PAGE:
FocusNew bitumen downstream market emerging in China - traders

09 April 2012 06:24  [Source: ICIS news]

By Psyche Gong

New bitumen downstream market emerging in China: tradersSINGAPORE (ICIS)--A new bitumen downstream market - feedstock for coking - is fast emerging in Shandong province and some parts of northeast China that will keep its prices firm in the near term, traders said on Monday.

“It may become a stable downstream market for bitumen,” a bitumen trader said.

Bitumen is typically used by end-users to pave highways but it is also used for producing coke in Shandong and northeast China. The coke is then put through coking units to produce oil products such as gasoil and gasoline.

A strong demand for oil products in the market will translate into strong demand for coking feedstock and in turn, bitumen, market sources said.

Many bitumen refineries in Shandong and northeast China have been blending their bitumen output to produce coking feedstock instead of selling their bitumen in the spot market, largely because of the higher margins for coking feedstock, a Shandong-based player said.

On 8 April March, the coking feedstock price in Shandong province was accessed at yuan (CNY) 5,575/tonne ($883.50/tonne), CNY425/tonne higher than the local bitumen price of CNY5,150/tonne, according to data from C1 Energy, an ICIS service in China.

“We would not switch back to bitumen production, unless it can fetch the same price as coking feedstock,” said a Shandong based refiner.

This trend of using bitumen to produce coking feedstock has become increasingly popular in Shandong and the regions north of the Yangtze river, where there is strong demand for coking feedstock from local independent refiners, industry sources said.

However, this trend will only continue if the margin spread between coking feedstock and other downstream markets of bitumen remains large, market players said.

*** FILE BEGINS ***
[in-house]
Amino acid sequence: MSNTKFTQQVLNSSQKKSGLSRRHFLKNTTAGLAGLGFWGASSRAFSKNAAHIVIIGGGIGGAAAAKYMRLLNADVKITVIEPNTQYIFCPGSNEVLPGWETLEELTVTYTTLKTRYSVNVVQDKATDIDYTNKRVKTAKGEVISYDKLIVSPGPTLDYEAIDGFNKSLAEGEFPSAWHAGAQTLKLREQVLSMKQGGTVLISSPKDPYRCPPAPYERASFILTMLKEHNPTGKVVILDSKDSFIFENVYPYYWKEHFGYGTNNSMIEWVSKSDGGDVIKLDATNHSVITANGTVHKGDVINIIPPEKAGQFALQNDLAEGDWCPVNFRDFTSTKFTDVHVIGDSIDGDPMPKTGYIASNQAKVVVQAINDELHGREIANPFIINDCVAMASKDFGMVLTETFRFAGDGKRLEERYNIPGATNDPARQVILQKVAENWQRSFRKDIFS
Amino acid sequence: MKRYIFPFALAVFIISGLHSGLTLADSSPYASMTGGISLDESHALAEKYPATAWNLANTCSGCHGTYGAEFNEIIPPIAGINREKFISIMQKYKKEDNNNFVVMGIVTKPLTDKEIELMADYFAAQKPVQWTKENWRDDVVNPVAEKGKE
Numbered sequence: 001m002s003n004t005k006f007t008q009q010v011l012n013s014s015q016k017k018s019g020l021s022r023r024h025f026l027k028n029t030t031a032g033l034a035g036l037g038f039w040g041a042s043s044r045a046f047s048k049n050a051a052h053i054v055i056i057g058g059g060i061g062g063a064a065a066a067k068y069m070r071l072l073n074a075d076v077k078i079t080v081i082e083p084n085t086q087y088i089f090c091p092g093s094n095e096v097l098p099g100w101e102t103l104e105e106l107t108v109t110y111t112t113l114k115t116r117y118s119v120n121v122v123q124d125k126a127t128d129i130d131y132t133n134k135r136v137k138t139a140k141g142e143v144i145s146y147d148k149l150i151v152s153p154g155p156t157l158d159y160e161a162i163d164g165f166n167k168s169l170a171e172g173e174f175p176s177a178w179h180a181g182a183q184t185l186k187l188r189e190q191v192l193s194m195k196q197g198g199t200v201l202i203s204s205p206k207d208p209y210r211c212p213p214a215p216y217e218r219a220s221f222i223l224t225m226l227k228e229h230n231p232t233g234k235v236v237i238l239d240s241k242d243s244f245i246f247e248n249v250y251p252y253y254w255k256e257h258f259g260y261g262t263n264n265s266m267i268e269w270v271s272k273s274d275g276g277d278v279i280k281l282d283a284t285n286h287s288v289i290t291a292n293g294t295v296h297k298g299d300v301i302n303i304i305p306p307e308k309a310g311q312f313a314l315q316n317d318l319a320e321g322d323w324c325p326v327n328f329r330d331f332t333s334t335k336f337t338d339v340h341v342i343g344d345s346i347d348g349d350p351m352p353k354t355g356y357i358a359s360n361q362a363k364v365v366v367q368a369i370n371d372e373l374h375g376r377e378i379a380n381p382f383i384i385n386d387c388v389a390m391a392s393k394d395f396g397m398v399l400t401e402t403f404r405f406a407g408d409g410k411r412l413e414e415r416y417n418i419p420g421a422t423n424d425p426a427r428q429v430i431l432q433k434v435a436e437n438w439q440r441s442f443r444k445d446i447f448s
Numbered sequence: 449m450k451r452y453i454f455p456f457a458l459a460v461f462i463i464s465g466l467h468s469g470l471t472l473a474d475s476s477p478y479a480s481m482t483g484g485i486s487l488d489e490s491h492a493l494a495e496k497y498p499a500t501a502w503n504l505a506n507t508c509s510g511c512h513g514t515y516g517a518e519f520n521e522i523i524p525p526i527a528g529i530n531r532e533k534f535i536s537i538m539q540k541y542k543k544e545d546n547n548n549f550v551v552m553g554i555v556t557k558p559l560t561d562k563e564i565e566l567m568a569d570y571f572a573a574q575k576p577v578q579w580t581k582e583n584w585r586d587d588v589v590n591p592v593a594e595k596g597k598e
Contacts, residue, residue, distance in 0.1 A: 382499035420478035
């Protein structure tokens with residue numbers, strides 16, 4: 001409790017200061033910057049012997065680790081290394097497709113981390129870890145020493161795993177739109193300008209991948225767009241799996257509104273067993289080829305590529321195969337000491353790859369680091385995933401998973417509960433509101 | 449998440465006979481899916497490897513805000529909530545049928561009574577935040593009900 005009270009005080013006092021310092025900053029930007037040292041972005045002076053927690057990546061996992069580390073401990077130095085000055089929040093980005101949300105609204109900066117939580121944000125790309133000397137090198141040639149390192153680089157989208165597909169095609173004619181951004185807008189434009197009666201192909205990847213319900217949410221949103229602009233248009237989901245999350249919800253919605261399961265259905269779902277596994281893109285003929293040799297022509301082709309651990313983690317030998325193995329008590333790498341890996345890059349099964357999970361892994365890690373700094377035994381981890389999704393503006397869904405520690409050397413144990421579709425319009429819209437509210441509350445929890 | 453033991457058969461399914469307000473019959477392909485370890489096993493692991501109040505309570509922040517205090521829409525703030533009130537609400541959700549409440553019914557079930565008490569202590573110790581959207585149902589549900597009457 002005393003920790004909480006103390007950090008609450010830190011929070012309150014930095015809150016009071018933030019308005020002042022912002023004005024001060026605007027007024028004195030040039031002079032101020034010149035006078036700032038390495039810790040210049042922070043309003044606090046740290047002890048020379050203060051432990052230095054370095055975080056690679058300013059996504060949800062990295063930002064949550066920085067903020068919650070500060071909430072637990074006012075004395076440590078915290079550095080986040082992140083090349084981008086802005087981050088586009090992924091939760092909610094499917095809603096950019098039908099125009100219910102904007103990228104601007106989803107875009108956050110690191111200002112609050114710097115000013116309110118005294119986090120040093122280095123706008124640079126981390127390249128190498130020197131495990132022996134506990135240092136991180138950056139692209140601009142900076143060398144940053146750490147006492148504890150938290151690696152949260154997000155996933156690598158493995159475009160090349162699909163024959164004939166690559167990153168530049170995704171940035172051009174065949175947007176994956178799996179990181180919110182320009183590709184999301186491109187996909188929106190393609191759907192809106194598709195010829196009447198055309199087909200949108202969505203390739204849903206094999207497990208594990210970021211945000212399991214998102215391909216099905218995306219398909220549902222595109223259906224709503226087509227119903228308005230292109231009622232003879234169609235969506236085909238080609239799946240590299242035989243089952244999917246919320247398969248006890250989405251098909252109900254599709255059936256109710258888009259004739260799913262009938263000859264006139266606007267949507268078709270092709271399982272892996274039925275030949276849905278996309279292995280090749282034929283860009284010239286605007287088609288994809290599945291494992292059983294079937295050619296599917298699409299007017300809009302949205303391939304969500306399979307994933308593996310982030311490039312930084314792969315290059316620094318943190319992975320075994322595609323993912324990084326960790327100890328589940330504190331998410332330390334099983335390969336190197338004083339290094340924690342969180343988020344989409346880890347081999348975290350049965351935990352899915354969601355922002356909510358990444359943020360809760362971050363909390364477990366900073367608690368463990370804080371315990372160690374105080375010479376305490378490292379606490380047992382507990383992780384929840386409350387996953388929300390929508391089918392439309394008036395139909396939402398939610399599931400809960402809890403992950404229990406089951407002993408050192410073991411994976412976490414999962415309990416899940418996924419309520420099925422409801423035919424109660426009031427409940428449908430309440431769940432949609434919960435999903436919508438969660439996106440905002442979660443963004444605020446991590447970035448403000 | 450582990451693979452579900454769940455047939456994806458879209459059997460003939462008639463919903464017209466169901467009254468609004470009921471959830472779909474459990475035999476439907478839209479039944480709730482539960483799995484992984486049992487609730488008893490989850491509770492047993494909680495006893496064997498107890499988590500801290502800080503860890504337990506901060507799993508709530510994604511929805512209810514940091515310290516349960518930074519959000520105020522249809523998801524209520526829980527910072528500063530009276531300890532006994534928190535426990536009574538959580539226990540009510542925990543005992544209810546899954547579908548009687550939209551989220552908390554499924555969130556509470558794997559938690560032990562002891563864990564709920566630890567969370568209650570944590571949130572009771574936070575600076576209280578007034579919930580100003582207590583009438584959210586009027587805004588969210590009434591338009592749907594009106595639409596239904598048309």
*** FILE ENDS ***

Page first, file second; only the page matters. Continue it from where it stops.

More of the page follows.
In February, there was only one major refiner that supplied bitumen spot cargoes in Shandong; the rest of the province’s refiners channelled their bitumen output to the production of coking feedstock, market sources said.

Shandong refiners supplied 70,000-80,000 tonnes of bitumen in February this year, down by 37.5% year on year, according to C1 Energy.

Northeast China produced around 220,000 tonnes of bitumen, 40% of which was forecast to be sold to the coking feedstock and bunker fuel oil blending markets, said analysts.

In the first two months of 2012, over 15% of China’s bitumen output was used for blending as coking feedstock, according to C1 Energy.

However, some bitumen producers in March reverted back to selling their bitumen output in the spot market as the demand for coking feedstock fell, said market sources.

The strong demand from the coking feedstock market has decreased bitumen supply to other end-users of bitumen, even though the domestic supply of bitumen remains stable.

Domestic refiners supplied about 1.03m tonnes of bitumen per month to end-users such as road project owners in January-February 2012, a fall of 14.2% year on year, according to C1 Energy.

The supply was further tightened as China imported a record low of 160,000 tonnes of bitumen in February, a 43% year-on-year drop, according to China’s General Administration of Customs (GAC).

The tight bitumen supply and further demand created by China’s large-scale road construction projects in 2012 may continue boosting domestic bitumen prices to new highs in the short term, analysts said.

Since the beginning of 2012, China’s domestic bitumen prices have been rising as a result of tight supply and bullish crude prices.

The deal prices of domestic bitumen were CNY4,943-5,083/tonne latest prices on 6 April, up by CNY595/tonne or 13.3% from early January, according to data from C1 Energy.

($1 = CNY6.31)

Read John Richardson and Malini Hariharan’s blog – Asian Chemical Connections

By: Psyche Gong
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